Being productive is all about being efficient, and restarting your computer is always a process that steals precious minutes from your life. If only there was a way to have a fine level of control over this frustrating task…
That’s the concept behind Startupizer, a new app available at the Mac App Store. If you’re anything like me, you have a few different extensions that all load up prior to the machine actually being usable.
Startupizer lets you tweak your startup settings so that you decide what opens when, making boot times substantially faster. As usual, there’s more to it, so let’s take a moment and delve into Startupizer and what it does after the break.
On my MacBook Pro, I have several apps that load up with each boot. They are: Text Expander, SizeUp, Dropbox, smcFanControl, ForeverSave, iStat, Alfred and BusyCal.
I have to wait for each one to load up whenever I restart the computer, which can easily take a few minutes away from my day. This becomes particularly frustrating when I’m in a hurry, because there’s really no way to stop the process.
In simple terms, Startupizer lets you pick and choose what apps start up with your computer depending on certain criteria which you choose. You could strip down all of your extensions by holding down a key during startup, for example, or have only certain apps launch during certain parts of the day.
This makes it easy for you to pick and choose how your computer operates, and keeps you operating at peak efficiency. So how does it work in practice?
How It Works
When you load Startupizer for the first time, you’re presented with the screen above. By allowing Startupizer to essentially take control of your login items, you’re allowing the app to control how everything works, thus giving you the ability to selectively choose what happens when. Next, you’re presented with this screen:
Here, all of your login items are displayed in a list, and next to each one is a menu allowing you to choose how it works. For example, you can set the program to only open up certain utilities if you hold down the option key.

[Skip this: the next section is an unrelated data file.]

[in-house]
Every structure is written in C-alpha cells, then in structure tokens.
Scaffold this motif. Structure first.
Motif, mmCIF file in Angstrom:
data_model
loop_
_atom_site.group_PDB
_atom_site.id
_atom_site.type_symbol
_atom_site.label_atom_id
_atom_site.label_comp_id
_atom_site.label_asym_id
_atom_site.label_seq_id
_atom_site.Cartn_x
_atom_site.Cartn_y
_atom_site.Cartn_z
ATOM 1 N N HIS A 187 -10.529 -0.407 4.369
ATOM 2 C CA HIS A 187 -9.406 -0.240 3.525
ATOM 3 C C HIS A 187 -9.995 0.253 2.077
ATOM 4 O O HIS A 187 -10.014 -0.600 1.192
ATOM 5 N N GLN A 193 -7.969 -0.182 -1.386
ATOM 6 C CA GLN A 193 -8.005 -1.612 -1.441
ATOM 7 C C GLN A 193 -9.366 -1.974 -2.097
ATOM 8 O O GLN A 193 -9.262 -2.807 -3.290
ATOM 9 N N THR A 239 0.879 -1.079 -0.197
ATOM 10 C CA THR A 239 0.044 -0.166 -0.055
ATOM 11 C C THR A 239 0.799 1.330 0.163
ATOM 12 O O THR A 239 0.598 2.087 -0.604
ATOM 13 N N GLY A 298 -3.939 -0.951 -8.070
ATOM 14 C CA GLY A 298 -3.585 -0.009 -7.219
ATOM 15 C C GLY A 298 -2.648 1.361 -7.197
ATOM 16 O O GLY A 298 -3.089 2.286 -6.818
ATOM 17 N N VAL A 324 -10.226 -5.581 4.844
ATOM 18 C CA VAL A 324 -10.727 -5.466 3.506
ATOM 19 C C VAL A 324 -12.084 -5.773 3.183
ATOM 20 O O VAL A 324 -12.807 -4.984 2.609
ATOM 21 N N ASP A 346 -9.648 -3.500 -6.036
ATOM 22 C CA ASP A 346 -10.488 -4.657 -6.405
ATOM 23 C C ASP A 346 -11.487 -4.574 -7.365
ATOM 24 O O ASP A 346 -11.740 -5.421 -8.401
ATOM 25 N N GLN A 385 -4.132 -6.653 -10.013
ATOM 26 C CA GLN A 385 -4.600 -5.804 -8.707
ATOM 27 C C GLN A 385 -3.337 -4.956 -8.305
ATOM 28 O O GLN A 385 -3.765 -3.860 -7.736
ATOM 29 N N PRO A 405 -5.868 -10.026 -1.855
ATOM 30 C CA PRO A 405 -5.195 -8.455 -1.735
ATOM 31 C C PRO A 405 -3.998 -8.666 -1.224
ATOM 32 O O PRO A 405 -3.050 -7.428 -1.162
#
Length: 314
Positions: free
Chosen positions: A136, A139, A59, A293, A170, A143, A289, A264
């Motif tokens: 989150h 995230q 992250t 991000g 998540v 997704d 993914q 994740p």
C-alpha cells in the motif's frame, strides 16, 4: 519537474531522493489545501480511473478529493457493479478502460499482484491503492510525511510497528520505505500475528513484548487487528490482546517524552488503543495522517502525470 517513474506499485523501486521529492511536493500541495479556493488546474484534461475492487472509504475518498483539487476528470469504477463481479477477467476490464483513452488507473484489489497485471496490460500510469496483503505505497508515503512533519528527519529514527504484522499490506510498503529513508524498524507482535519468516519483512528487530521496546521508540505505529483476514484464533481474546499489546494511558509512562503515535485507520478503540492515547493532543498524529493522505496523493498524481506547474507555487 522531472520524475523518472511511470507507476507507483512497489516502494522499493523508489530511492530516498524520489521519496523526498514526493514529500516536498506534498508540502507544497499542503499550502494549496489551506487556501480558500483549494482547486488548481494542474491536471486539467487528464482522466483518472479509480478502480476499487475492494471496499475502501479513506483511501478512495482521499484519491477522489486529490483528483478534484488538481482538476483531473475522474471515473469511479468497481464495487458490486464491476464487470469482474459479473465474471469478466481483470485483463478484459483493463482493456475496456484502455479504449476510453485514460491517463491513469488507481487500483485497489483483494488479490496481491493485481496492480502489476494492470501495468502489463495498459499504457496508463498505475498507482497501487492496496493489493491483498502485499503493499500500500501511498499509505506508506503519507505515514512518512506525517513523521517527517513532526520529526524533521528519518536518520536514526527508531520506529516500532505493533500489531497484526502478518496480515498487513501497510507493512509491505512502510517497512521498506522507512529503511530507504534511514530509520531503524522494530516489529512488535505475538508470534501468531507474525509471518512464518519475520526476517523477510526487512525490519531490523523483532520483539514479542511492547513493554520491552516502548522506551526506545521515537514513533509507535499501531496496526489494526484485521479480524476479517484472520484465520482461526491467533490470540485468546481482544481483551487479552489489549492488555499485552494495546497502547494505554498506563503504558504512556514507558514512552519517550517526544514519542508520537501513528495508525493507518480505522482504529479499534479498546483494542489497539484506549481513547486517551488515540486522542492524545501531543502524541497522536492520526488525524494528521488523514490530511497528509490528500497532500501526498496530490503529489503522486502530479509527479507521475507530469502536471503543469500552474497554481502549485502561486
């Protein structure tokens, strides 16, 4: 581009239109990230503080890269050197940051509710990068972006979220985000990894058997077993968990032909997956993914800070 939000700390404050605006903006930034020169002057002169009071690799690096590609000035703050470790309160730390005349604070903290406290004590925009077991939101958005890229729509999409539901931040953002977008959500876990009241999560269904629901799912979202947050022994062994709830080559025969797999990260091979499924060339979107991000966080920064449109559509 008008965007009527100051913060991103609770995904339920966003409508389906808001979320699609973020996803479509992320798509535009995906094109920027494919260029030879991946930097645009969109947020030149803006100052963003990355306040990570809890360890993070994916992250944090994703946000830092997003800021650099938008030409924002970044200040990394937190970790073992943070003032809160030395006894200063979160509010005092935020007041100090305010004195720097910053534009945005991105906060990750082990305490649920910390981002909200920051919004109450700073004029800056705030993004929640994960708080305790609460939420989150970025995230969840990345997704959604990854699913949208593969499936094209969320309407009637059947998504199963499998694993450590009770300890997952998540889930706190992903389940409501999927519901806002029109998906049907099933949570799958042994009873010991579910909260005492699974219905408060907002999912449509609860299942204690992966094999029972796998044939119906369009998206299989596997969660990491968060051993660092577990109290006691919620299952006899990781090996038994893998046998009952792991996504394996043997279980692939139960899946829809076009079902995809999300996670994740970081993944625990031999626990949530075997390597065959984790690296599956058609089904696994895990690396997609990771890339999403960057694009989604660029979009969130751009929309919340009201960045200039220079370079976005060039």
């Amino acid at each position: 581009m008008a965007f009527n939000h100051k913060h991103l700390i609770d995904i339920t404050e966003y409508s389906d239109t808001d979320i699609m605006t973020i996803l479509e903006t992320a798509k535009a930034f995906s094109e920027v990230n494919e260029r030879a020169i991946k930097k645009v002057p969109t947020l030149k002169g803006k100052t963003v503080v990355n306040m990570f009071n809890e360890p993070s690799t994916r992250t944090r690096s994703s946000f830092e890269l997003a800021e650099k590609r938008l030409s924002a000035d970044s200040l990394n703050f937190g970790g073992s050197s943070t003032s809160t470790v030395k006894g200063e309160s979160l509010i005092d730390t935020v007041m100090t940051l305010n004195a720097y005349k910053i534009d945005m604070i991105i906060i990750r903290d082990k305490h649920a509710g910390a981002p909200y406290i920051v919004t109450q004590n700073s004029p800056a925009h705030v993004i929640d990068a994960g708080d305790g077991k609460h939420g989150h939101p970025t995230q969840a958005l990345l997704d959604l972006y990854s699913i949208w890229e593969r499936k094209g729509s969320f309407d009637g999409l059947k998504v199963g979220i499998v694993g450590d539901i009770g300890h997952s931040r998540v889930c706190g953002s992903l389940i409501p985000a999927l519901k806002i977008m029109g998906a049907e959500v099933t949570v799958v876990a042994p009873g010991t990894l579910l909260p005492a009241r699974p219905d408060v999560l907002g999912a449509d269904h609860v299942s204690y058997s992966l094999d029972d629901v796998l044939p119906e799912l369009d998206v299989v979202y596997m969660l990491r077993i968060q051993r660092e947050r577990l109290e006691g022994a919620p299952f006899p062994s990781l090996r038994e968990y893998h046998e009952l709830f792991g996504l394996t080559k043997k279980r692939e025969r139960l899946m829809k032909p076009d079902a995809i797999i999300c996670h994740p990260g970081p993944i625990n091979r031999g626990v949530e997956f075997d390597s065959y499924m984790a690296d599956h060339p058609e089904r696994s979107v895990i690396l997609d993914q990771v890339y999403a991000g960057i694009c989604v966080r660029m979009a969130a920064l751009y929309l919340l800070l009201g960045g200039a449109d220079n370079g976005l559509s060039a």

You can also choose if the app is hidden or shown on startup, which cuts back on annoying windows popping up every time you have to restart.
Even better though, is the option to schedule things based on dates and times. Let’s say that you shut down your laptop at home every Sunday night, and fire it back up again at your office come 9 am on Monday.
With Startupizer, you can select when the apps turn on with startup. This lets you truly schedule your work and home time, and cuts down on bits between loading.
Ultimately though, what makes this app functional is being able to pick and choose how you want things to work. You can have multiple criteria for each one, too.
So let’s say you want Cinch to open up (a) during work hours, or (b) if you hold down the option key. No problem here, because you can choose both if you like, avoiding Sophie’s Choice decisions in the process.
Another great option is allowing Startupizer to work when waking up from sleep mode as well.
Is It Worth It?
This is one of those apps that leaves me a bit torn. It’s a piece of software that you spend about 30 minutes with once, then it works silently in the background for you to forget about. It sounds ridiculous to say, but $8.99 seems steep to me for some reason for the software, and I don’t have any real justification for that other than a gut feeling.
More importantly, this app only becomes particularly useful if you frequently restart your computer. Yes, it can be used when waking up from sleep but is that so important? I know that I only restart my MacBook Pro when I absolutely have to, which is rare. I just don’t use my computer that way.
But I do know people who shut down their Macs religiously, then always wait through all of those apps loading up. If you’re that person, then Startupizer is going to be your new best friend.
Startupizer isn’t for everyone, but performs a crucial function for those that need it. All in all, this is one utility that’s worth the look, even if you’re not sure if you need it.